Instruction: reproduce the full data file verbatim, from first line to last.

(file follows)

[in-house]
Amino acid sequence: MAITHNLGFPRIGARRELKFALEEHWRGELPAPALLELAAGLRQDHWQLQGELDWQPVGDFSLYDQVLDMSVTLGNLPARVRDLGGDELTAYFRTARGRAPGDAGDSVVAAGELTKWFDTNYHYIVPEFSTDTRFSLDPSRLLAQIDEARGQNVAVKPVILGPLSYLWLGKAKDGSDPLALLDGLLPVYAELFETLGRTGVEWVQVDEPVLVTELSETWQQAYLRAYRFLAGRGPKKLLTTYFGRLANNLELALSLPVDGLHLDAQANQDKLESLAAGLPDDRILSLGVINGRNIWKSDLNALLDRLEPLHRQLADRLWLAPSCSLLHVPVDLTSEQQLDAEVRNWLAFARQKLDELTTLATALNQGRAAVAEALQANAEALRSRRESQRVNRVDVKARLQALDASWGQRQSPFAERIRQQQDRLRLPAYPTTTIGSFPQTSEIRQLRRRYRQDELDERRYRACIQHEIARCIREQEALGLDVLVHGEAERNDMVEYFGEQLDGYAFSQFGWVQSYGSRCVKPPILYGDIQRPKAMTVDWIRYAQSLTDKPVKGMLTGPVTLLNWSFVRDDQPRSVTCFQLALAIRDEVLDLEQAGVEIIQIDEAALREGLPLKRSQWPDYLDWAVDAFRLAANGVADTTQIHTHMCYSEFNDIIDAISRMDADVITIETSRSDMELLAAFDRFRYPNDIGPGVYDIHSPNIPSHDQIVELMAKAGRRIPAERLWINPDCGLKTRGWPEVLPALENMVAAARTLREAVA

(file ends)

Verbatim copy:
[in-house]
Amino acid sequence: MAITHNLGFPRIGARRELKFALEEHWRGELPAPALLELAAGLRQDHWQLQGELDWQPVGDFSLYDQVLDMSVTLGNLPARVRDLGGDELTAYFRTARGRAPGDAGDSVVAAGELTKWFDTNYHYIVPEFSTDTRFSLDPSRLLAQIDEARGQNVAVKPVILGPLSYLWLGKAKDGSDPLALLDGLLPVYAELFETLGRTGVEWVQVDEPVLVTELSETWQQAYLRAYRFLAGRGPKKLLTTYFGRLANNLELALSLPVDGLHLDAQANQDKLESLAAGLPDDRILSLGVINGRNIWKSDLNALLDRLEPLHRQLADRLWLAPSCSLLHVPVDLTSEQQLDAEVRNWLAFARQKLDELTTLATALNQGRAAVAEALQANAEALRSRRESQRVNRVDVKARLQALDASWGQRQSPFAERIRQQQDRLRLPAYPTTTIGSFPQTSEIRQLRRRYRQDELDERRYRACIQHEIARCIREQEALGLDVLVHGEAERNDMVEYFGEQLDGYAFSQFGWVQSYGSRCVKPPILYGDIQRPKAMTVDWIRYAQSLTDKPVKGMLTGPVTLLNWSFVRDDQPRSVTCFQLALAIRDEVLDLEQAGVEIIQIDEAALREGLPLKRSQWPDYLDWAVDAFRLAANGVADTTQIHTHMCYSEFNDIIDAISRMDADVITIETSRSDMELLAAFDRFRYPNDIGPGVYDIHSPNIPSHDQIVELMAKAGRRIPAERLWINPDCGLKTRGWPEVLPALENMVAAARTLREAVA